From a game script perspective, I think you’re right. But what about a coach who simply believes this as a matter of philosophy? I guess that’s probably a really long way off, too, since he’d have to prove it as an OC or in college for some time.

      • Yeah, they would have to somehow “prove” that it would work before anyone would give them a shot, and I think they they would have a VERY high bar to clear. Look at Chip Kelly, a guy who had a ton of success with his offense in college (Since I don’t follow college football at all, I’m not passing judgment on how much success. That’s a debate for people who know more than I.) and then had an excellent offense for one year in the NFL. People are still saying, “It’s a gimmick offense that will fail next year” or “His offense sucks; Nick Foles is just that good.” And that’s with the “old school” types constantly praising how often he runs the ball. I think people would be exponentially more critical of a literal pass-every-down approach. That, in turn, means that their production would have to be that much better.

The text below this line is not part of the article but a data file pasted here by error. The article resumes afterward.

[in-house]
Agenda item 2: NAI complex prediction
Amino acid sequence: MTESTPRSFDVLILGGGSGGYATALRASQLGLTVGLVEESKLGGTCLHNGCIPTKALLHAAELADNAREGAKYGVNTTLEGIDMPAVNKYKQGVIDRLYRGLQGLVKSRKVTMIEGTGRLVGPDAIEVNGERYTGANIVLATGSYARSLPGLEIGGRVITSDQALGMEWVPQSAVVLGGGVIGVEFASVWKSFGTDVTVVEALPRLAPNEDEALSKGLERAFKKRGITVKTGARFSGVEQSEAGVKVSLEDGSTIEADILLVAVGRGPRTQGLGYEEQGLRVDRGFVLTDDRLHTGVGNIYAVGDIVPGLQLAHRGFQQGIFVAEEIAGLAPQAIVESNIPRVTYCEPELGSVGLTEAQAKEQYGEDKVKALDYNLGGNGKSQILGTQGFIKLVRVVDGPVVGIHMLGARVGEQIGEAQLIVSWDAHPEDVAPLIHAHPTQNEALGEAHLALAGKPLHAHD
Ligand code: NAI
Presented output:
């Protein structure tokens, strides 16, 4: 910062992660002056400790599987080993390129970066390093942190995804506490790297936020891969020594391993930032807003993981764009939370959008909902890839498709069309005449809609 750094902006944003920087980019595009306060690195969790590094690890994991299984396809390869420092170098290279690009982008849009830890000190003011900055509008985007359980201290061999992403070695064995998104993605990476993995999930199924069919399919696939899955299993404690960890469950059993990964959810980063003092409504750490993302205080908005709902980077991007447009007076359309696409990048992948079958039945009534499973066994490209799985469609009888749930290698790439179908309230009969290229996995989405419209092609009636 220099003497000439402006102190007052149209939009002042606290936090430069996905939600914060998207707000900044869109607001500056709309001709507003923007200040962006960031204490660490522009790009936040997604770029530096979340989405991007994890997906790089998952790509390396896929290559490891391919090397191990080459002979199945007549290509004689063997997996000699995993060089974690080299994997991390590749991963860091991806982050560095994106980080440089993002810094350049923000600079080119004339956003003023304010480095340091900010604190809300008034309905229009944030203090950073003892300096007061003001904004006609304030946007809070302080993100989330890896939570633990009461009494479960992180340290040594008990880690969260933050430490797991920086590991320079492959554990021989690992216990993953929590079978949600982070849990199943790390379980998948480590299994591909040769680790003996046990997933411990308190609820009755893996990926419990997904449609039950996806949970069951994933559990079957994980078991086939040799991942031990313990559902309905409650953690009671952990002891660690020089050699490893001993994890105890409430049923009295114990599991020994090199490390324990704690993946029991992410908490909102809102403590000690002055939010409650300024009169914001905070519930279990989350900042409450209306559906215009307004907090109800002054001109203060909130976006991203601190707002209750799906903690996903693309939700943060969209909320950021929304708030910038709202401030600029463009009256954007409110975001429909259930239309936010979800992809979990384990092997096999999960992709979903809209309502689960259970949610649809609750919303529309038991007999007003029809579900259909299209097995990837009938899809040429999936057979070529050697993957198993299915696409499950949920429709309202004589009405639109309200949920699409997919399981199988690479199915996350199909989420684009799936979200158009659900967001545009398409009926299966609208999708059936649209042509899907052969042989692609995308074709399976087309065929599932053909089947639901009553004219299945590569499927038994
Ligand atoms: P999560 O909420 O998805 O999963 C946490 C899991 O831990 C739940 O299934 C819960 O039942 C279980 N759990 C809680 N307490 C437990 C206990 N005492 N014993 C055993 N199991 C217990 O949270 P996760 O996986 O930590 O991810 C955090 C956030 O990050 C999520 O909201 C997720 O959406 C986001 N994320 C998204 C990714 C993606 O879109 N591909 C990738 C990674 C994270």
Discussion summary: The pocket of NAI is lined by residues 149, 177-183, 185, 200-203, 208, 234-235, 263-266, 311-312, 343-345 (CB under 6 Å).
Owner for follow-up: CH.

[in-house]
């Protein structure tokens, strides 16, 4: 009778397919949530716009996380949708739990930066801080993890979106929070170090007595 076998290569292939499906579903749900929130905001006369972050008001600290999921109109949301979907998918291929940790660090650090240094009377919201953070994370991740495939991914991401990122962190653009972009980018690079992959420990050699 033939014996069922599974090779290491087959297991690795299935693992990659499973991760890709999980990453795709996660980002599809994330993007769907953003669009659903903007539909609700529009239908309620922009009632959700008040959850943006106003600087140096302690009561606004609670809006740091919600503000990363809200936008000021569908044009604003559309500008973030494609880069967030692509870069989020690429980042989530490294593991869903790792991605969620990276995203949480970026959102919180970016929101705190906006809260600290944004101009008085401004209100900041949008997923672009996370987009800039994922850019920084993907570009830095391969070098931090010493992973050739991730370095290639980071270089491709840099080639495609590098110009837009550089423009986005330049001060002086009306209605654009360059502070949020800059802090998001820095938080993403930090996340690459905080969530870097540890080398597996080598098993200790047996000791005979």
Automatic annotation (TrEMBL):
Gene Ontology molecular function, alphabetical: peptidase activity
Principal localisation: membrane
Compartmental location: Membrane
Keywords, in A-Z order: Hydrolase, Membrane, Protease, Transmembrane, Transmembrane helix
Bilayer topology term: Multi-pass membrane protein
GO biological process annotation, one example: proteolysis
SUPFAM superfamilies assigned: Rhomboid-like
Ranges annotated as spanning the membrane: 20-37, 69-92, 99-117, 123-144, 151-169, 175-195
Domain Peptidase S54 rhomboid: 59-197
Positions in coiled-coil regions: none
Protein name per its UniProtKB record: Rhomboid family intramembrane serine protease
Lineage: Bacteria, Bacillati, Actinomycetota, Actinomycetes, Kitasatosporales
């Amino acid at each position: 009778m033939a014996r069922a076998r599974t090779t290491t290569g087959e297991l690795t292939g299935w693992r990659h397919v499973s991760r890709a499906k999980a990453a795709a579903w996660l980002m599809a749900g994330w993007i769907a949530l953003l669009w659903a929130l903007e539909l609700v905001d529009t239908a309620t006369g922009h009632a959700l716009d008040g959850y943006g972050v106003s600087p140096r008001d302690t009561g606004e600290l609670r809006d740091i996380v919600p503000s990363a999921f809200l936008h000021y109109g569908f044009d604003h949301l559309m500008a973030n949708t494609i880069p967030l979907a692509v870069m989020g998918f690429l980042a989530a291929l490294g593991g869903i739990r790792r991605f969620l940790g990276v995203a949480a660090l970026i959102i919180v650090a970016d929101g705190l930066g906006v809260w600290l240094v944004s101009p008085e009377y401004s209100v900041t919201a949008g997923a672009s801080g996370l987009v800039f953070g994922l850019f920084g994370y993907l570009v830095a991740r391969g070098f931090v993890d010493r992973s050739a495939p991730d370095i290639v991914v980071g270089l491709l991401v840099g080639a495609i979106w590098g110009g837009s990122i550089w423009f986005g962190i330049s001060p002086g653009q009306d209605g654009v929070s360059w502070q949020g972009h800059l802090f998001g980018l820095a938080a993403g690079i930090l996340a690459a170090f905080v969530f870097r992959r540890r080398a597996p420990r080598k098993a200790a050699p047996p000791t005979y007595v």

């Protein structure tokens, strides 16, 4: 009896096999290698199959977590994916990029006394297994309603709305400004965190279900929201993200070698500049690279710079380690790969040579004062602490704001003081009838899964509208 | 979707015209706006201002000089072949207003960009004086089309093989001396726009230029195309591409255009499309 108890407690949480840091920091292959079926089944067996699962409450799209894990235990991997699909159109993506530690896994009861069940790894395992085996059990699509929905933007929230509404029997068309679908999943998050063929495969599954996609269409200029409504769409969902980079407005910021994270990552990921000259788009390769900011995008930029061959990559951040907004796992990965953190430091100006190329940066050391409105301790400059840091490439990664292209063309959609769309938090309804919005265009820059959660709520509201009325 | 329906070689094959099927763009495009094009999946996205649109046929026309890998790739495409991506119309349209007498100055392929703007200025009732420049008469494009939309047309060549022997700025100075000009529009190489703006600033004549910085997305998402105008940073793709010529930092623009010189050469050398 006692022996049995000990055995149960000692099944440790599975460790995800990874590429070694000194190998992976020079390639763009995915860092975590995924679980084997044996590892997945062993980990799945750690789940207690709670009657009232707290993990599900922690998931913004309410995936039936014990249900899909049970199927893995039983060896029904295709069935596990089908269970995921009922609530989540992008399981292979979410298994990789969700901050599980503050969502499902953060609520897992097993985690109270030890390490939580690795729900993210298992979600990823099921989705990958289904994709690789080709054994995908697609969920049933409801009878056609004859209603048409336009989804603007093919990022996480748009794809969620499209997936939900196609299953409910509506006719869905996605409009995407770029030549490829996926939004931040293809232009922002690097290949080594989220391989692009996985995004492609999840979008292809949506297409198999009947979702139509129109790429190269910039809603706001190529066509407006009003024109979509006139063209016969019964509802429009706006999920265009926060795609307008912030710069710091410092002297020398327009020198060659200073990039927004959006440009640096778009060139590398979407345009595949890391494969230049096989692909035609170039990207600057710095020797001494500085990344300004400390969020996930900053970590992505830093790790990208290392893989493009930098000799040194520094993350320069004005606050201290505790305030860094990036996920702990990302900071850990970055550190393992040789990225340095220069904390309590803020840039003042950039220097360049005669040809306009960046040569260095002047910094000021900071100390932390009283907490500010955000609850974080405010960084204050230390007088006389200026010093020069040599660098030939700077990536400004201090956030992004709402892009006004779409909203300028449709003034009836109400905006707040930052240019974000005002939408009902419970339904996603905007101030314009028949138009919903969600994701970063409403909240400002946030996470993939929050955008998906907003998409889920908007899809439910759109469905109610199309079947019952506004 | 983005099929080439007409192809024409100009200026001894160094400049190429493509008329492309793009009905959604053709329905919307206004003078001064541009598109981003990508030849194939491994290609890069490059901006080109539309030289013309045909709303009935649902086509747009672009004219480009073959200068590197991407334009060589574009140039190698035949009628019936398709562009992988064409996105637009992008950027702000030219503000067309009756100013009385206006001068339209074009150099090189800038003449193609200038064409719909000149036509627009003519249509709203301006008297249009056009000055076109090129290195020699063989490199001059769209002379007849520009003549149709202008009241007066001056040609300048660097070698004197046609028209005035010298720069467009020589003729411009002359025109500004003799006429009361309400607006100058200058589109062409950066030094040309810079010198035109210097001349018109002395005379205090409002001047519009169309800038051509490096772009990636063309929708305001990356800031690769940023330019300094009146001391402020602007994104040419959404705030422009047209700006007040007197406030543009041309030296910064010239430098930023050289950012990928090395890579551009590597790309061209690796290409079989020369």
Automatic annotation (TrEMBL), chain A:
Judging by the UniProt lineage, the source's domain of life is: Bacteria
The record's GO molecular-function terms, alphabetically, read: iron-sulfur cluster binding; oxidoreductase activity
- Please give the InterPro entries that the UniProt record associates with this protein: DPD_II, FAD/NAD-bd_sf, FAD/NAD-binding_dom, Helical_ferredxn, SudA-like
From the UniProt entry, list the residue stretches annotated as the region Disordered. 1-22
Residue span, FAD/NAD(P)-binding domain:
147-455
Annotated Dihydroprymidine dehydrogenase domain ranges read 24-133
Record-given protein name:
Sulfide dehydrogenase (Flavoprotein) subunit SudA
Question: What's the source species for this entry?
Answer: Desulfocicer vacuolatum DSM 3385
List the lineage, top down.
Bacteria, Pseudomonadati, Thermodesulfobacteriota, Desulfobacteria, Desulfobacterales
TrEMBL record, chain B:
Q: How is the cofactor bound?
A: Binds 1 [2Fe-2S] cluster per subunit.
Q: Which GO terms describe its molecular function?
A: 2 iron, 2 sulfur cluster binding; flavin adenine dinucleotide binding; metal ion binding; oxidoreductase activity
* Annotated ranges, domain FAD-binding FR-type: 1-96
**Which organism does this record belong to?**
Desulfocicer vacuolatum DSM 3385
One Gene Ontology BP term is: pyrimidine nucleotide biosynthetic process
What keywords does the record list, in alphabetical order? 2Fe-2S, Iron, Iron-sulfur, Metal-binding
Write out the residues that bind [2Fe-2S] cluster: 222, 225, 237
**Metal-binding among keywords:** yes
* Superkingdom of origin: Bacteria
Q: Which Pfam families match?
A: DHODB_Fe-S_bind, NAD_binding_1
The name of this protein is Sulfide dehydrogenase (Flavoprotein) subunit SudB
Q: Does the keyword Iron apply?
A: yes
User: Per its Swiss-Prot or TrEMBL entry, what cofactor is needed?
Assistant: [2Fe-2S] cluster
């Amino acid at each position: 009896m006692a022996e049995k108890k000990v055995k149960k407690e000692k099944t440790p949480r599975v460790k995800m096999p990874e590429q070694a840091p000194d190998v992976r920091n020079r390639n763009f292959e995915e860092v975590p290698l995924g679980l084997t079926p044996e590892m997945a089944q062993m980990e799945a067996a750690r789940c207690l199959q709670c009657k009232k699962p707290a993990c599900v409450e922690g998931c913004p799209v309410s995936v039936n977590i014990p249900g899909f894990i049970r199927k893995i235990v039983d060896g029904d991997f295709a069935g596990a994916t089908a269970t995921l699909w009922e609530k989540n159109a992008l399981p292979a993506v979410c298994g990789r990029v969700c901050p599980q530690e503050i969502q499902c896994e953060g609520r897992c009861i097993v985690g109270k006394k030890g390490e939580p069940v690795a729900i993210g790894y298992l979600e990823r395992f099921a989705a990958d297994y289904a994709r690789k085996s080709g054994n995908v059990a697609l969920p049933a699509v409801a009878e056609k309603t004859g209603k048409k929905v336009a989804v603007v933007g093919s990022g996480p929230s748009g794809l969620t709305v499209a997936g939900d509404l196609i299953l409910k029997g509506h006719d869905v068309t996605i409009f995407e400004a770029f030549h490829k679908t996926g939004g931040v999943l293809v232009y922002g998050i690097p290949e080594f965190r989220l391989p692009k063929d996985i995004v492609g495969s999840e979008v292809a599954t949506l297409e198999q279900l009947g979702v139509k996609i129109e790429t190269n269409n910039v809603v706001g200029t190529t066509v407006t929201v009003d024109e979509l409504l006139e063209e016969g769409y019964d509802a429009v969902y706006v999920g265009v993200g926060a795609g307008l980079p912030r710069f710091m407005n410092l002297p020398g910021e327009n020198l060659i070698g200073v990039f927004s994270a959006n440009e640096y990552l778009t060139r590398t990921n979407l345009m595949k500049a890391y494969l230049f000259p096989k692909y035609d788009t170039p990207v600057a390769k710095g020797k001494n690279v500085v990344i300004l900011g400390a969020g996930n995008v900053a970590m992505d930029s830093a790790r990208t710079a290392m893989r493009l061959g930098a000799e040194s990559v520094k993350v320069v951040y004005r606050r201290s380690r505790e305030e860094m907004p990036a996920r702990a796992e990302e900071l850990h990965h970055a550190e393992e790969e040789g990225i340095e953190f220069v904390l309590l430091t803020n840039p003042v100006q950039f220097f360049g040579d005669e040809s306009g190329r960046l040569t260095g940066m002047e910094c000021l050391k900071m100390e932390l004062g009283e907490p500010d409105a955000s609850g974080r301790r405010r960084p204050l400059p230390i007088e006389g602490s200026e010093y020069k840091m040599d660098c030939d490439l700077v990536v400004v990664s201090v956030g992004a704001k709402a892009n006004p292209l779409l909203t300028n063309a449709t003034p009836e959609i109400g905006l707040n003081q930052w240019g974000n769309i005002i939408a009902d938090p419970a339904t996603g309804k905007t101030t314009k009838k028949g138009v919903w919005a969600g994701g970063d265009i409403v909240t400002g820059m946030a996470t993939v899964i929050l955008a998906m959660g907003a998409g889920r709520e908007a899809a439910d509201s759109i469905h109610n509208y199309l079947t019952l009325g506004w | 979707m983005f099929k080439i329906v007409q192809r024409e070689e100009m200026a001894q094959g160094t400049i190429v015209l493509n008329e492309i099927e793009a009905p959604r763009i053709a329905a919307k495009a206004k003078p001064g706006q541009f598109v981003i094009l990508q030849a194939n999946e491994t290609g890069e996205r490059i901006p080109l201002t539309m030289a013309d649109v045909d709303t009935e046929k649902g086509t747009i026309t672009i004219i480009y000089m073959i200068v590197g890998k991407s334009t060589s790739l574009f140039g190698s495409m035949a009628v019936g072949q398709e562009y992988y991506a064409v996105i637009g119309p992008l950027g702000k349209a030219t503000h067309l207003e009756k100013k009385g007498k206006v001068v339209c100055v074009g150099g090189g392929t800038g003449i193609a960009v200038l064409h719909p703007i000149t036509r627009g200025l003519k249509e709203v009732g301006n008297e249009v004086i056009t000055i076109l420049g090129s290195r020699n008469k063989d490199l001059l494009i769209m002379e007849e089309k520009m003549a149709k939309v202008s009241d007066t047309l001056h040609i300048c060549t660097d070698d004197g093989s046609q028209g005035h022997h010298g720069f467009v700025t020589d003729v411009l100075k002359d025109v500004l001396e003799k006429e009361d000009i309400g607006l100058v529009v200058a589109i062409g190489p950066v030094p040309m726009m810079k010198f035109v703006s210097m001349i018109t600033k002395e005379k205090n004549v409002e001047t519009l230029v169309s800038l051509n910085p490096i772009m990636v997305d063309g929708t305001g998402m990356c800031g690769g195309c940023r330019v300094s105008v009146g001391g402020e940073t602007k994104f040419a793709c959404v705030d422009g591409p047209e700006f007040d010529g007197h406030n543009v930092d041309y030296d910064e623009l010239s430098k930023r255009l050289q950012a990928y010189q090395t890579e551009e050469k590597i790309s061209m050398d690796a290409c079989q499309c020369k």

In addition, the owner/GM would have to be on board and willing to accept non-stop media bombardment and angry fans who would call for the coach’s head every time they didn’t score 50 points and win. That may be the even more difficult part, since owners and front offices (understandably) tend to be responsive to fan pressure.

  • Sunrise089

    Chase – I feel a little dickish pointing them out, but I think I only mention things that substantially alter meanings and initially confused me. I’ll stop if you’d rather leave them be though.

    • Chase Stuart

      I 100% want everyone to point out all typos and other mistakes. This is a one man shop and it’s easy to edit on the fly, so I need all the editors I can get (even if it’s after it’s published). I feel bad that I can’t seem to go a day without an error, but not too bad since I’m a self-proclaimed good enougher.